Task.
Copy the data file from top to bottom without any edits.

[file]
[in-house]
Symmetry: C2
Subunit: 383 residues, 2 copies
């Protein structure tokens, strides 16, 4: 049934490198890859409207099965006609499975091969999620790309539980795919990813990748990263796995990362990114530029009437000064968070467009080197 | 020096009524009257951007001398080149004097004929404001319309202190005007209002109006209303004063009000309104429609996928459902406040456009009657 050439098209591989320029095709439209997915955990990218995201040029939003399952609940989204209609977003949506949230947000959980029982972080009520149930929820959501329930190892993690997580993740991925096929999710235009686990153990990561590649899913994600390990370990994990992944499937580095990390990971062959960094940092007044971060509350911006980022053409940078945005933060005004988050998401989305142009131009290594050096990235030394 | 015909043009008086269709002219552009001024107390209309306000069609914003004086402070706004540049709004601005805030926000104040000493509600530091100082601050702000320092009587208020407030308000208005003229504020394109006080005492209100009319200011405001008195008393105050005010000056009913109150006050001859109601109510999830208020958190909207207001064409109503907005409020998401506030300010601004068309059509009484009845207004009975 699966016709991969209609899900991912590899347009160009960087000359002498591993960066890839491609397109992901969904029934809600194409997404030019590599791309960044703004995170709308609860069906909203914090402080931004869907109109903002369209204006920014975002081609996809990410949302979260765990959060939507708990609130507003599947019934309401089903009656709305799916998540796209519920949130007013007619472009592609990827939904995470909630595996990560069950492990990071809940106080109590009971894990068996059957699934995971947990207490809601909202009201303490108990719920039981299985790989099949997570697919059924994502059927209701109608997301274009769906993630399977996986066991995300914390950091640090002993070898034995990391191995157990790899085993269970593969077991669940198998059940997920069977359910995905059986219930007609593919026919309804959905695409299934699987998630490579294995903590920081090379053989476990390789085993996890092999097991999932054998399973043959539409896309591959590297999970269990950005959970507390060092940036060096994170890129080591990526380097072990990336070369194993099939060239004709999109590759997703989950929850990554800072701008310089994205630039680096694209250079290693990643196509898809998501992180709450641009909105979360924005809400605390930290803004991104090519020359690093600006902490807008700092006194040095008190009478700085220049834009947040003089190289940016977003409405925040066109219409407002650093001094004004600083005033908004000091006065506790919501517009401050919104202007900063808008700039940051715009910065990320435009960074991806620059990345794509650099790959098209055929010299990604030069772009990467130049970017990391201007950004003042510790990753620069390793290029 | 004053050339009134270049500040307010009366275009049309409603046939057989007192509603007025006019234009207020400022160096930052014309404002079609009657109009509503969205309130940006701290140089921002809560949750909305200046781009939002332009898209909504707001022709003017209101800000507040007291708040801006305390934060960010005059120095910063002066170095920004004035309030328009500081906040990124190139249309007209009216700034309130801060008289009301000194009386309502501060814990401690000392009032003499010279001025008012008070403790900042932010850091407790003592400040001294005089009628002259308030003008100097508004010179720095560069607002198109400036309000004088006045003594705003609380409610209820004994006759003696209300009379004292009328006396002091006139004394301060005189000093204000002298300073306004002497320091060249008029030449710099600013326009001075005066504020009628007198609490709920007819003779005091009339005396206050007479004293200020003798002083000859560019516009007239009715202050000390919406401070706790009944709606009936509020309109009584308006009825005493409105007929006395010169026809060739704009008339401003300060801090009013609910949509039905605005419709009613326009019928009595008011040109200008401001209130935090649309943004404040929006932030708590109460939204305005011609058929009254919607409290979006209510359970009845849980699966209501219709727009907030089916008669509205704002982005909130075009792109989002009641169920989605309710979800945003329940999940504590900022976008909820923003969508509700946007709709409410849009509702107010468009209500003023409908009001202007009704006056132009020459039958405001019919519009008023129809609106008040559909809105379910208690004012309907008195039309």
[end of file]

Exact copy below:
[in-house]
Symmetry: C2
Subunit: 383 residues, 2 copies
């Protein structure tokens, strides 16, 4: 049934490198890859409207099965006609499975091969999620790309539980795919990813990748990263796995990362990114530029009437000064968070467009080197 | 020096009524009257951007001398080149004097004929404001319309202190005007209002109006209303004063009000309104429609996928459902406040456009009657 050439098209591989320029095709439209997915955990990218995201040029939003399952609940989204209609977003949506949230947000959980029982972080009520149930929820959501329930190892993690997580993740991925096929999710235009686990153990990561590649899913994600390990370990994990992944499937580095990390990971062959960094940092007044971060509350911006980022053409940078945005933060005004988050998401989305142009131009290594050096990235030394 | 015909043009008086269709002219552009001024107390209309306000069609914003004086402070706004540049709004601005805030926000104040000493509600530091100082601050702000320092009587208020407030308000208005003229504020394109006080005492209100009319200011405001008195008393105050005010000056009913109150006050001859109601109510999830208020958190909207207001064409109503907005409020998401506030300010601004068309059509009484009845207004009975 699966016709991969209609899900991912590899347009160009960087000359002498591993960066890839491609397109992901969904029934809600194409997404030019590599791309960044703004995170709308609860069906909203914090402080931004869907109109903002369209204006920014975002081609996809990410949302979260765990959060939507708990609130507003599947019934309401089903009656709305799916998540796209519920949130007013007619472009592609990827939904995470909630595996990560069950492990990071809940106080109590009971894990068996059957699934995971947990207490809601909202009201303490108990719920039981299985790989099949997570697919059924994502059927209701109608997301274009769906993630399977996986066991995300914390950091640090002993070898034995990391191995157990790899085993269970593969077991669940198998059940997920069977359910995905059986219930007609593919026919309804959905695409299934699987998630490579294995903590920081090379053989476990390789085993996890092999097991999932054998399973043959539409896309591959590297999970269990950005959970507390060092940036060096994170890129080591990526380097072990990336070369194993099939060239004709999109590759997703989950929850990554800072701008310089994205630039680096694209250079290693990643196509898809998501992180709450641009909105979360924005809400605390930290803004991104090519020359690093600006902490807008700092006194040095008190009478700085220049834009947040003089190289940016977003409405925040066109219409407002650093001094004004600083005033908004000091006065506790919501517009401050919104202007900063808008700039940051715009910065990320435009960074991806620059990345794509650099790959098209055929010299990604030069772009990467130049970017990391201007950004003042510790990753620069390793290029 | 004053050339009134270049500040307010009366275009049309409603046939057989007192509603007025006019234009207020400022160096930052014309404002079609009657109009509503969205309130940006701290140089921002809560949750909305200046781009939002332009898209909504707001022709003017209101800000507040007291708040801006305390934060960010005059120095910063002066170095920004004035309030328009500081906040990124190139249309007209009216700034309130801060008289009301000194009386309502501060814990401690000392009032003499010279001025008012008070403790900042932010850091407790003592400040001294005089009628002259308030003008100097508004010179720095560069607002198109400036309000004088006045003594705003609380409610209820004994006759003696209300009379004292009328006396002091006139004394301060005189000093204000002298300073306004002497320091060249008029030449710099600013326009001075005066504020009628007198609490709920007819003779005091009339005396206050007479004293200020003798002083000859560019516009007239009715202050000390919406401070706790009944709606009936509020309109009584308006009825005493409105007929006395010169026809060739704009008339401003300060801090009013609910949509039905605005419709009613326009019928009595008011040109200008401001209130935090649309943004404040929006932030708590109460939204305005011609058929009254919607409290979006209510359970009845849980699966209501219709727009907030089916008669509205704002982005909130075009792109989002009641169920989605309710979800945003329940999940504590900022976008909820923003969508509700946007709709409410849009509702107010468009209500003023409908009001202007009704006056132009020459039958405001019919519009008023129809609106008040559909809105379910208690004012309907008195039309």